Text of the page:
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Yaw Osafo-Maafo (6th from right), Senior Presidential Advisor; Ursula Owusu-Ekuful (5th from right), Minister of Communications and Digitalisation; Dr Albert Antwi-Boasiako (2nd from left), Director-General, Cyber Security Authority, with other guests after the opening session of the Cyber Security Global Conference in Accra. Picture: SAMUEL TEI ADANO
Yaw Osafo-Maafo (6th from right), Senior Presidential Advisor; Ursula Owusu-Ekuful (5th from right), Minister of Communications and Digitalisation; Dr Albert Antwi-Boasiako (2nd from left), Director-General, Cyber Security Authority, with other guests after the opening session of the Cyber Security Global Conference in Accra. Picture: SAMUEL TEI ADANO

Cybersecurity Global Conference adopts blueprint to safeguard digital space

A global conference on cyber capacity building in Accra has adopted an action framework that outlines intentional measures and resources needed to build a resilient cyber architecture.

The framework, dubbed “The Accra Call” was endorsed by representatives of governments and organisations from across the globe.

The Accra Call is both a blueprint and a motivation for voluntary action to strengthen the role of cyber resilience as an enabler for sustainable development and sustainable cyber capacity building.

It is also to foster stronger partnerships and better coordination, and unlock financial resources and implementation modalities for cyber resilience.

Global Conference

The Accra Call was adopted in Accra at the opening of the maiden edition of the Global Conference on Cyber Capacity Building (GC3B) hosted by the government of Ghana.

Held on the theme: “Cyber Resilience for Development”, it was organised by the Global Forum on Cyber Expertise (GFCE), the Cyber Peace Institute, the World Bank, the World Economic Forum and Ghana’s Cyber Security Authority.

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Digitisation benefits

President Nana Addo Dankwa Akufo-Addo in a speech read on his behalf by the Senior Advisor to the President, Yaw Osafo-Maafo, said digitisation of economies, governments and societies had led to numerous benefits and contributed to socio-economic development.

However, he said cyber threat had been on the rise as technology advanced, making it imperative for state and non-state actors to build the relevant skills, knowledge and infrastructure to safeguard their digital assets, investments in information communication technologies (ICTs) and other digitisation initiatives.  

President Akufo-Addo also called for strong partnerships and diversified financial resources to address the increasing threats posed by cyber security risks.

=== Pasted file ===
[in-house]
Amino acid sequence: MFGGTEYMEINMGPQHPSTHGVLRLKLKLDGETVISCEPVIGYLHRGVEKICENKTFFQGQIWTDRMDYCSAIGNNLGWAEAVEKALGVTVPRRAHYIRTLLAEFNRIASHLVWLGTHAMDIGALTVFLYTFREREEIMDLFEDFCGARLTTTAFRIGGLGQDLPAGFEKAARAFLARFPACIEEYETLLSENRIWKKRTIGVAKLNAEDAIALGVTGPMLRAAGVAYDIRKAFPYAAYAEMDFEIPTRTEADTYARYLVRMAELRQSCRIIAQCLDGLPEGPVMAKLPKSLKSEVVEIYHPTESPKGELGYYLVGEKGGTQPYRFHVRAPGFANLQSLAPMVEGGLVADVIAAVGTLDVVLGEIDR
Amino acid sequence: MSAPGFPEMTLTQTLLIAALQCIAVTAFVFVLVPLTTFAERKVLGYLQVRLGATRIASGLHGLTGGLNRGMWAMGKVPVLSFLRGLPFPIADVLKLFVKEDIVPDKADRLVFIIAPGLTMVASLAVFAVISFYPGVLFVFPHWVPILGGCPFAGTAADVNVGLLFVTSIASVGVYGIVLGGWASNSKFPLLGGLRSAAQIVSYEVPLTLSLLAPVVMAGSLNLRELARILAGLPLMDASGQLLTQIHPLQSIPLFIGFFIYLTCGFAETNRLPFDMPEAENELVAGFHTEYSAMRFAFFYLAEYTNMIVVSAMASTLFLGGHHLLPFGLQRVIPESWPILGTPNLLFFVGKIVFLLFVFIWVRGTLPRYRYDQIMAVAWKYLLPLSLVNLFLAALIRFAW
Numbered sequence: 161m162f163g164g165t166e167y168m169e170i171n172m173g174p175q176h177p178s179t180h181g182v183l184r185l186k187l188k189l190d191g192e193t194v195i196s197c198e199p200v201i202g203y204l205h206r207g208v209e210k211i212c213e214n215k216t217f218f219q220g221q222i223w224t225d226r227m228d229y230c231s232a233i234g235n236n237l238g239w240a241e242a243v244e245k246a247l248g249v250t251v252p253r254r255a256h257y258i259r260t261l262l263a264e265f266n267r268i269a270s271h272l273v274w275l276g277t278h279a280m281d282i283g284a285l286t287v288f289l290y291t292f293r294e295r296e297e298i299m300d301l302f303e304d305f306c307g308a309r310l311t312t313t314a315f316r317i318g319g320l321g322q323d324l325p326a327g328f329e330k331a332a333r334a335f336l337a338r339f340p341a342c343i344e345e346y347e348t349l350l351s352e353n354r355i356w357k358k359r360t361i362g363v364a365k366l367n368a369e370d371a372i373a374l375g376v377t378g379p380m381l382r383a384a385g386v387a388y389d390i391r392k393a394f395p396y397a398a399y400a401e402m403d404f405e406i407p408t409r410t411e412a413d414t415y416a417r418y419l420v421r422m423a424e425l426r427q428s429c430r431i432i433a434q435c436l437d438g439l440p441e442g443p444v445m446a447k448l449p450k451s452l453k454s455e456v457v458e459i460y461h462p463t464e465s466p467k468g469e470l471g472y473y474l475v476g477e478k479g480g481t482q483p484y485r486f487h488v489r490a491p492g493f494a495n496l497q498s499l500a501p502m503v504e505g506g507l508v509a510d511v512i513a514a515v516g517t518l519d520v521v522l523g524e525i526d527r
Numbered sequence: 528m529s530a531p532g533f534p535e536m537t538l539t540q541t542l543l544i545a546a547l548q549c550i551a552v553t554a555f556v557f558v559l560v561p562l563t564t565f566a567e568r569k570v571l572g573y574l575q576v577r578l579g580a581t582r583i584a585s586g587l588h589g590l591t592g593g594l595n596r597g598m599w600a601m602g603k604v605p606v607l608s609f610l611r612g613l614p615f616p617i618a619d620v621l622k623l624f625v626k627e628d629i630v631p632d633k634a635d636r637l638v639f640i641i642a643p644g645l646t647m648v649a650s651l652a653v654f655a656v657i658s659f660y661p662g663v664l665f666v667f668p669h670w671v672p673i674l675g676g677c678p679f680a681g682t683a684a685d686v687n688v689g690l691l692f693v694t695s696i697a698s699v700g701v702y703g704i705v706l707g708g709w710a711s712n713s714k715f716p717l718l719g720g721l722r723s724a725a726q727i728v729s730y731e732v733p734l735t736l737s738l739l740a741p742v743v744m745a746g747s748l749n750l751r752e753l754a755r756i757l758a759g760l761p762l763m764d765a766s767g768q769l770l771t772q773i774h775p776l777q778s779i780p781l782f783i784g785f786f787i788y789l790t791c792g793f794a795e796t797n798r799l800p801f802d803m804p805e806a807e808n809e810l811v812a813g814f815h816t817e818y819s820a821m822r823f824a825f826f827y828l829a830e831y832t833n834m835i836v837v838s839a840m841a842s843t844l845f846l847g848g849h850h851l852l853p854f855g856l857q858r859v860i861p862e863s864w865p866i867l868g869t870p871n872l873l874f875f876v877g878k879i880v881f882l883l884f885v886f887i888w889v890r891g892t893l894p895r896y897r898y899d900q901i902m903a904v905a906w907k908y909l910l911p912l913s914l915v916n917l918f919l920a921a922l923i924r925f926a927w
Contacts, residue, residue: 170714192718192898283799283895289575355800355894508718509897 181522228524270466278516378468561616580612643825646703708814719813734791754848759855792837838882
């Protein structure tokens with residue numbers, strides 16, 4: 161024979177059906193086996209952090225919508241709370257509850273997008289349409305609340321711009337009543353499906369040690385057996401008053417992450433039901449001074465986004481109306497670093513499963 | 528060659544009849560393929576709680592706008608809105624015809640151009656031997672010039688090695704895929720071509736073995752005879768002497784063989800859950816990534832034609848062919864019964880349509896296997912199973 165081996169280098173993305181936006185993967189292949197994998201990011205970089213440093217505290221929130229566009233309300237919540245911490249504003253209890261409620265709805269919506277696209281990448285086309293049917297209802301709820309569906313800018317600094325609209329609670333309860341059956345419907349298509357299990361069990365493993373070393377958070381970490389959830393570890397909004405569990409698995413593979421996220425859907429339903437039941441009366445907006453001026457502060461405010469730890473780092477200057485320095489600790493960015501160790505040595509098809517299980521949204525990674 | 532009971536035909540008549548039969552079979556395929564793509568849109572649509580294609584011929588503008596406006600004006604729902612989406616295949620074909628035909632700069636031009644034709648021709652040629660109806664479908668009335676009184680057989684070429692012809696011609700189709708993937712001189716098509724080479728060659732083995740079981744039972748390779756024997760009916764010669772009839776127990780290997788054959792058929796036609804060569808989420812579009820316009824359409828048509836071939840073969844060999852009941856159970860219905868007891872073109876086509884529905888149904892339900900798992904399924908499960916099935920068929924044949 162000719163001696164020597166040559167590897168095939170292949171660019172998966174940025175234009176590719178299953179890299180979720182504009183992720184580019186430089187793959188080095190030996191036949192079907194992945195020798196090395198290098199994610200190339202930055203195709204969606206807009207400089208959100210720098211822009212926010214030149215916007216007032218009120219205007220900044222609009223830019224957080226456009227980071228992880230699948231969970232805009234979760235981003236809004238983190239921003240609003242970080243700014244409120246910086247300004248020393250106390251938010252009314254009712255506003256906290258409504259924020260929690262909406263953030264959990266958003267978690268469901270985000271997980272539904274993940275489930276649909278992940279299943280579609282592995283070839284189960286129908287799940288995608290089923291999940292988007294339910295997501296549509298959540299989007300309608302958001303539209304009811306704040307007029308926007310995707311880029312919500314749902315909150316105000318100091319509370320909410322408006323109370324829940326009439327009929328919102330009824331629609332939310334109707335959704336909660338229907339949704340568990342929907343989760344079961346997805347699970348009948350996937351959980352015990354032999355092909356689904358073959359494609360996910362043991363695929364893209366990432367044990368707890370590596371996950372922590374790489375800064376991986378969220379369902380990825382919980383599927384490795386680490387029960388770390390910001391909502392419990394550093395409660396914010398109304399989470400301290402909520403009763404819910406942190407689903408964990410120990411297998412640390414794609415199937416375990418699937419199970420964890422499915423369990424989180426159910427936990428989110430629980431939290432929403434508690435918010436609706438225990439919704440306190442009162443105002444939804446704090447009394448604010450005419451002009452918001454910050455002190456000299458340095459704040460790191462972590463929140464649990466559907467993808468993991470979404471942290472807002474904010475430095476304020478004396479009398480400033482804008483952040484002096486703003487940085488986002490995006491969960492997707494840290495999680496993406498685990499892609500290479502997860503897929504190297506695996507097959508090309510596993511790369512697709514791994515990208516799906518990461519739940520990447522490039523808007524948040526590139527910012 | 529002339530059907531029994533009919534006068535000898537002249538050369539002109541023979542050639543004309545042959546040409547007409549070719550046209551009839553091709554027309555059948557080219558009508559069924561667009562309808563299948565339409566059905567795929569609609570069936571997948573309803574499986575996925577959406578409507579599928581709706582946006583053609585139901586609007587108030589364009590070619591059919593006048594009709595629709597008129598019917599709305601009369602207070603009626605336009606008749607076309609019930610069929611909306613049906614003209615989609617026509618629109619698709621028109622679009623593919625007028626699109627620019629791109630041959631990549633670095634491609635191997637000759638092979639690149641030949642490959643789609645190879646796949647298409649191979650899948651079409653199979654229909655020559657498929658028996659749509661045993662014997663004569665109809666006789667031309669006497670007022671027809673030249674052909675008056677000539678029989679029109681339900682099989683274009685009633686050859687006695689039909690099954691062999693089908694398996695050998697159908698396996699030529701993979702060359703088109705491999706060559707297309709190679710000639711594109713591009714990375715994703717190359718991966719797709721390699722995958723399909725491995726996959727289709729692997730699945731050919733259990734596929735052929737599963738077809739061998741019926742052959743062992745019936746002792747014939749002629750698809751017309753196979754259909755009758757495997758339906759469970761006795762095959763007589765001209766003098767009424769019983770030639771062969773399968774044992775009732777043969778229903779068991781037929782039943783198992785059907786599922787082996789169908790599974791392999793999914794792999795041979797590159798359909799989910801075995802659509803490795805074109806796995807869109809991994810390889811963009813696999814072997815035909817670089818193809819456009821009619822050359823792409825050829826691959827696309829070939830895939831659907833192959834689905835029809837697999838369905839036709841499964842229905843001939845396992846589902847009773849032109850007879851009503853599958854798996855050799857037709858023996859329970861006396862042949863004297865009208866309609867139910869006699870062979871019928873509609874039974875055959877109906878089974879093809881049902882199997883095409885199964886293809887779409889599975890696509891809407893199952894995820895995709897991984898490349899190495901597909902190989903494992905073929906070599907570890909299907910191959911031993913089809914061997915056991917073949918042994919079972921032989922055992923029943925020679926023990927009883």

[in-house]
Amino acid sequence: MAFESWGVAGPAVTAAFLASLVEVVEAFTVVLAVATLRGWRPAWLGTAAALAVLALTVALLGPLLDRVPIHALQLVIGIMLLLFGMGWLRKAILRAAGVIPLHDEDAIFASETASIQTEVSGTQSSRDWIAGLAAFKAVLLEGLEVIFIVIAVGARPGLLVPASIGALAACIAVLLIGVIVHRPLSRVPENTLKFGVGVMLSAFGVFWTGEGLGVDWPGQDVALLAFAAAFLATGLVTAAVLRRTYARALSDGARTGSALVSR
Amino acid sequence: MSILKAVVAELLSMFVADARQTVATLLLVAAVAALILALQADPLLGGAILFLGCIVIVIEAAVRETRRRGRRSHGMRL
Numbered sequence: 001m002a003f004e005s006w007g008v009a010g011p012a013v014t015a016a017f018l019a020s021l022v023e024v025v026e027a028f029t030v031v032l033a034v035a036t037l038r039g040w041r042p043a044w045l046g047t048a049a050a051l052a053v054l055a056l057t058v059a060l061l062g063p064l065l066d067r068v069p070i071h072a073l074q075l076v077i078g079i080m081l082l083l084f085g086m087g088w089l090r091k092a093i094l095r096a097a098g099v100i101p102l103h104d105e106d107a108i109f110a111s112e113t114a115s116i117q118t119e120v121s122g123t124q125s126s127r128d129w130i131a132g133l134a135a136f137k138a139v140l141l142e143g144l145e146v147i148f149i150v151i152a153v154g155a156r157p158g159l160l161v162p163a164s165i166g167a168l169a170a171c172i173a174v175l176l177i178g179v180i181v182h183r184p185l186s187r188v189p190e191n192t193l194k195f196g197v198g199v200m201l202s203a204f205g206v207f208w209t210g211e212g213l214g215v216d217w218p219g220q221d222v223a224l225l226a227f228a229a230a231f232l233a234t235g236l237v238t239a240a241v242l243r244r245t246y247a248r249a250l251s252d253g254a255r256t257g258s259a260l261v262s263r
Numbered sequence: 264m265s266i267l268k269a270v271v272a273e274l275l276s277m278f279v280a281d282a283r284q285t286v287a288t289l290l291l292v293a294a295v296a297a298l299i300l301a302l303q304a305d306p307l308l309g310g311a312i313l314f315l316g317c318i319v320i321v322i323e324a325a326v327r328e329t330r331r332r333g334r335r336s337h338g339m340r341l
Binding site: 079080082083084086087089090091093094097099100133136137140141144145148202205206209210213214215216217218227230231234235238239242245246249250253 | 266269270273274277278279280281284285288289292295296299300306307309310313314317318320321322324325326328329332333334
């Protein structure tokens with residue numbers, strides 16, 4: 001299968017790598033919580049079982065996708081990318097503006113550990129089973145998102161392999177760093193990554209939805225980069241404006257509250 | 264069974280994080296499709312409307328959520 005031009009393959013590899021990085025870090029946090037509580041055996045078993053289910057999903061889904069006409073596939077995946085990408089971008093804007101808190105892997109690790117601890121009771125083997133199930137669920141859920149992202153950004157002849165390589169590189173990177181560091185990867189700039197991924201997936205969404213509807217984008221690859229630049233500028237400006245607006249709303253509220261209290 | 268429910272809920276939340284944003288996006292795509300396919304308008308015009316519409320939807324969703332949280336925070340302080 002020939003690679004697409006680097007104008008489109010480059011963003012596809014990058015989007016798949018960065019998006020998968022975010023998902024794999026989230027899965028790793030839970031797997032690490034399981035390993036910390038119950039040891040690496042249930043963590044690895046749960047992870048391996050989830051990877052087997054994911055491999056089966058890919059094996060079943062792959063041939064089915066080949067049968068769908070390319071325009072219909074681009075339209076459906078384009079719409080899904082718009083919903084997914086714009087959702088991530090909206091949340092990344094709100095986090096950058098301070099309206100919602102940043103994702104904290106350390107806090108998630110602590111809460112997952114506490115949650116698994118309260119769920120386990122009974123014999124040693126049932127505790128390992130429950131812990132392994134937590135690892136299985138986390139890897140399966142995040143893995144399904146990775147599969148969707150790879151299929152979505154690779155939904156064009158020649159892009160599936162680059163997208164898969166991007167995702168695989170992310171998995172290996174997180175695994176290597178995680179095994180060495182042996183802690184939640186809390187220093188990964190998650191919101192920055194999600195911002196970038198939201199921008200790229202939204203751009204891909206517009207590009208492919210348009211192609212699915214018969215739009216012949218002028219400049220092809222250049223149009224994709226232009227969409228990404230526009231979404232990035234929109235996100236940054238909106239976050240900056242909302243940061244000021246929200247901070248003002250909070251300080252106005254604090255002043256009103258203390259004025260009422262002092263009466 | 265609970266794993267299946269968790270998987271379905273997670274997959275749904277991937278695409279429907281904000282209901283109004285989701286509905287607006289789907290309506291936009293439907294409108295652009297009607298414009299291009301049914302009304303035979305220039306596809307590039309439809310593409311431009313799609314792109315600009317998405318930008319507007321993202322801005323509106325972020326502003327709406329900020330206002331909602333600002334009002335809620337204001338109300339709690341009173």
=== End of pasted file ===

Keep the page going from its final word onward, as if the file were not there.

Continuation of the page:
“These challenges call for the need for governments, businesses and stakeholders within the cyber ecosystem to collaborate and develop holistic strategies that will address these complex threats,” he said.

He said the World Economic Forum’s 2022 edition of the Global Risks Report indicated that there was a three million undersupply of cyber professionals.

“It is imperative that we strengthen international cooperation efforts now more than ever to enable us to bridge existing cyber security gaps,” the President said.

Initiatives

The Minister of Communications and Digitalisation, Ursula Owusu-Ekuful, said the government was committed to digitisation and cyber security issues and was working on bridging the digital divide to enable equitable connectivity which was critical to Ghana's economic transition.

She said the establishment of the African Continental Free Trade Area (AfCFTA), with its secretariat in Ghana, aimed to connect 1.3 billion people across the 55 African countries with a market size of $3 trillion and to create the largest trade bloc in the world, was a signal of the continent’s digital marketing strategy.

Threats

On cyber threats, Mrs Owusu-Ekuful said Positive Technologies, a cyber security research organisation, had reported that in the first half of 2022 and 2023, the global financial sector was the most hit with cyber attacks recording 18 per cent, followed by telecommunications companies, 13 per cent; government agencies 12 per cent; trade organisations, 12 per cent, and the industrial sector, 10 per cent.

Africa, she said, experienced the highest average number of weekly cyber attacks per organisation in the second quarter of 2023 with an average of 2,164 attacks, establishing a significant year-on-year increase of 23 per cent compared to the same period last year.

“These increasing threats mean we must prioritise our cyber security efforts both at the national and international level,” she said.

Redoubling efforts

The President of the Global Forum of Cyber Expertise (GFCE) Foundation, Chris Painter, said GFCE was created in 2015 as a multi-stakeholder platform motivated by the global need for more cooperation and coordination for cyber capacity building.

He said the Accra Call for Cyber Resilient Development would serve as a lighthouse as the world redoubled efforts to mainstream cyber resilience across national and international development agenda. 

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